Recent studies, however, have revealed that those late-December cases were not the first in Wuhan. 

    A woman walks in front of the closed Huanan wholesale seafood market, where health authorities say a man who died from a respiratory illness had purchased goods from, in the city of Wuhan, Hubei province, on January 12, 2020. – A 61-year-old man has become the first person to die in China from a respiratory illness believed caused by a new virus from the same family as SARS, which claimed hundreds of lives more than a decade ago, authorities said. NOEL CELIS/AFP via Getty Images
    A study published last week suggested that the coronavirus was spreading in the local community by early January, and research in The Lancet showed that the first person to test positive for the coronavirus was likely exposed to it on December 1, then showed symptoms on December 8. 
    Such findings don’t align with China’s official narrative, but it’s not yet clear when Chinese officials actually first realized a new disease was spreading.
    The WHO has praised China’s outbreak response

    World Health Organization Director General Tedros Adhanom Ghebreyesus during a virtual news briefing on COVID-19 from WHO headquarters in Geneva on April 6, 2020. AFP via Getty Images
    On April 7, before announcing he’d cut WHO funding, Trump accused the organization of being “very China-centric.”

    The WHO doesn’t have much to gain financially by aligning with China more than other countries — China’s annual contribution is $40 million, less than 1% of the organization’s annual budget. But the WHO has nonetheless applauded China’s response to the coronavirus.
    WHO Director-General Tedros Adhanom Ghebreyesus said on January 29 that China’s actions, like locking down Wuhan, “helped prevent the spread of coronavirus to other countries.” And a WHO envoy sent to China in February reported that the rest of the world was “not ready” to fight COVID-19 the way China did.
    This praise might have to do with the marked difference between China’s response to COVID-19 and the strategy it pursued during SARS coronavirus outbreak in 2002. The Chinese government didn’t inform the WHO about SARS until February 14, 2003 — 88 days after the first reported case. According to The Sydney Morning Herald, doctors in Beijing were ordered by authorities to hide SARS patients from WHO officials during inspections.
    The WHO could have been more skeptical about Chinese data
    Michael Ryan, the executive director of the WHO’s health emergencies program, said on January 29 that the organization had “seen no obvious lack of transparency” from China. Trump also tweeted praise for China’s transparency in late January.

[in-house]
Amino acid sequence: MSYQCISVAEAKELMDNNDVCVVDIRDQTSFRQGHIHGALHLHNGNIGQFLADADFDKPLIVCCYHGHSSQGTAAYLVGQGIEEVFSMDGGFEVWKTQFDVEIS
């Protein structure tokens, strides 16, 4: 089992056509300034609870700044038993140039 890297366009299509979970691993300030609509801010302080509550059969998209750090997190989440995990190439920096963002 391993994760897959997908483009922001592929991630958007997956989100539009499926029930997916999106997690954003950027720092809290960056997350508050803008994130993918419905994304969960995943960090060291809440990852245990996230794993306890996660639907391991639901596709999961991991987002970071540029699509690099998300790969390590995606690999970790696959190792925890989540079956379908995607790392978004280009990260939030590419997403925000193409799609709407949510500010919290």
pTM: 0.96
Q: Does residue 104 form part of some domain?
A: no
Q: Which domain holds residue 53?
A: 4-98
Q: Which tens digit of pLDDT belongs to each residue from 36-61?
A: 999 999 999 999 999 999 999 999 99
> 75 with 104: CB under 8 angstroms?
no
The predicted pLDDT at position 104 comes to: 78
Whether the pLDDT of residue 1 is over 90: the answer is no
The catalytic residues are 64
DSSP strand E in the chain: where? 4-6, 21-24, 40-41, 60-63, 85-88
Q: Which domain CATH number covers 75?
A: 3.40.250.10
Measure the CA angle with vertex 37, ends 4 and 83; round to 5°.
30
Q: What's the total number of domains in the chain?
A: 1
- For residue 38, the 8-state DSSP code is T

But recently, experts have raised concerns about the accuracy of China’s reported numbers of cases and deaths — especially during the first stages of the outbreak — as well as about when Chinese officials realized the virus could jump between people.

    A memo between top Chinese officials, obtained by The Associated Press, revealed that Chinese officials knew people could transmit the coronavirus to each other by January 14, but didn’t tell the world (or the WHO) until January 20.
    In those six intervening days, China publicly said there was no evidence of human-to-human transmission. The WHO relied on that information to direct policy and advise other countries, tweeting that “preliminary investigations conducted by the Chinese authorities have found no clear evidence of human-to-human transmission.”

    A worker collects a test swab from a construction worker in Wuhan, China, April 7, 2020. China Daily via Reuters
    Although China kept this information from the WHO as much as it did from the rest of the world, Jamie Metzl, a WHO expert and former member of the US National Security Council, said the organization could have been quicker to call out China’s shortcomings.
    The WHO “could have done an earlier and better job of highlighting China’s failure to permit access to WHO experts and share critical information and of sounding the alarm,” he said in a statement shared with Business Insider.
    Cutting funding to the WHO undermines the pandemic response
    The US is by far the largest funder of the WHO — its 2018 contribution was equal to about 9.5% of the agency’s budget for the 2018-19 year. Of the 41 member states that voluntarily contribute annual funds, the US gives the most by a factor of nearly four.

    “Like many other organizations and states, the WHO made mistakes during this crisis that must all be reviewed carefully, thoughtfully, and urgently,” Metzl said. But, he added, “cutting off US funding to the World Health Organization in the middle of the worst pandemic in a century is the height of self-defeating lunacy.” 

    Pallets of surgical gowns are unloaded from an international cargo plane in Miami, Florida, on March 31, 2020. Reuters
    Jack Chow, a former WHO assistant director-general, previously told Business Insider that cutting WHO funding would be a “profound mistake.”
    He said such defunding could mean “the pandemic could last for many more months, even years, longer, and could even become permanent among human populations.”